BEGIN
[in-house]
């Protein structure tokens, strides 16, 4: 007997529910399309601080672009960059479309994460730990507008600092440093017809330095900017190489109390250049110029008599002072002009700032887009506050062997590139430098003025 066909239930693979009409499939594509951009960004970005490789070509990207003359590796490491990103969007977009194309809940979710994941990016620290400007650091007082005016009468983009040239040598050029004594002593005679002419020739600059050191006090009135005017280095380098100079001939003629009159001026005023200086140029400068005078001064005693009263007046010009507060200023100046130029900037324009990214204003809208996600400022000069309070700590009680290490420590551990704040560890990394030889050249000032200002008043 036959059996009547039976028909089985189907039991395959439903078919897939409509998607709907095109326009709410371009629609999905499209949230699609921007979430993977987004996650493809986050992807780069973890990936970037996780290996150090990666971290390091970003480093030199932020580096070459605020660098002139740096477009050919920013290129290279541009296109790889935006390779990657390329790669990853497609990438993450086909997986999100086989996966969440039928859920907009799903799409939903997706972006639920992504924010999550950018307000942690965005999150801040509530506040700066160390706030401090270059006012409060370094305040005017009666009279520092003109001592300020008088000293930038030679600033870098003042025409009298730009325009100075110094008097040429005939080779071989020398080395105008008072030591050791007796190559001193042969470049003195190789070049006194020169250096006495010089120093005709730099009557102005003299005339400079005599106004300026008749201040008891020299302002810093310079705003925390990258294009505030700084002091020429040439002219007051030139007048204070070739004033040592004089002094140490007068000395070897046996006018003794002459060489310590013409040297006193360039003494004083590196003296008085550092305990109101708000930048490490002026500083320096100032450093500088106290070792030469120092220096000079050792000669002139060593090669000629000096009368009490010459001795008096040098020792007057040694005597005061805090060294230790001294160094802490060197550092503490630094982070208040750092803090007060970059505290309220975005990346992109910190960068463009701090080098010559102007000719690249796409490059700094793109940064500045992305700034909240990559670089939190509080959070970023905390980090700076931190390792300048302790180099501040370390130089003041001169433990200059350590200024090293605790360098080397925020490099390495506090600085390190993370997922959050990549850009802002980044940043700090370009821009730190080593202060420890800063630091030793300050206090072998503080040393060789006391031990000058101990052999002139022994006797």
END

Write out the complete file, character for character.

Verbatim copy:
[in-house]
């Protein structure tokens, strides 16, 4: 007997529910399309601080672009960059479309994460730990507008600092440093017809330095900017190489109390250049110029008599002072002009700032887009506050062997590139430098003025 066909239930693979009409499939594509951009960004970005490789070509990207003359590796490491990103969007977009194309809940979710994941990016620290400007650091007082005016009468983009040239040598050029004594002593005679002419020739600059050191006090009135005017280095380098100079001939003629009159001026005023200086140029400068005078001064005693009263007046010009507060200023100046130029900037324009990214204003809208996600400022000069309070700590009680290490420590551990704040560890990394030889050249000032200002008043 036959059996009547039976028909089985189907039991395959439903078919897939409509998607709907095109326009709410371009629609999905499209949230699609921007979430993977987004996650493809986050992807780069973890990936970037996780290996150090990666971290390091970003480093030199932020580096070459605020660098002139740096477009050919920013290129290279541009296109790889935006390779990657390329790669990853497609990438993450086909997986999100086989996966969440039928859920907009799903799409939903997706972006639920992504924010999550950018307000942690965005999150801040509530506040700066160390706030401090270059006012409060370094305040005017009666009279520092003109001592300020008088000293930038030679600033870098003042025409009298730009325009100075110094008097040429005939080779071989020398080395105008008072030591050791007796190559001193042969470049003195190789070049006194020169250096006495010089120093005709730099009557102005003299005339400079005599106004300026008749201040008891020299302002810093310079705003925390990258294009505030700084002091020429040439002219007051030139007048204070070739004033040592004089002094140490007068000395070897046996006018003794002459060489310590013409040297006193360039003494004083590196003296008085550092305990109101708000930048490490002026500083320096100032450093500088106290070792030469120092220096000079050792000669002139060593090669000629000096009368009490010459001795008096040098020792007057040694005597005061805090060294230790001294160094802490060197550092503490630094982070208040750092803090007060970059505290309220975005990346992109910190960068463009701090080098010559102007000719690249796409490059700094793109940064500045992305700034909240990559670089939190509080959070970023905390980090700076931190390792300048302790180099501040370390130089003041001169433990200059350590200024090293605790360098080397925020490099390495506090600085390190993370997922959050990549850009802002980044940043700090370009821009730190080593202060420890800063630091030793300050206090072998503080040393060789006391031990000058101990052999002139022994006797």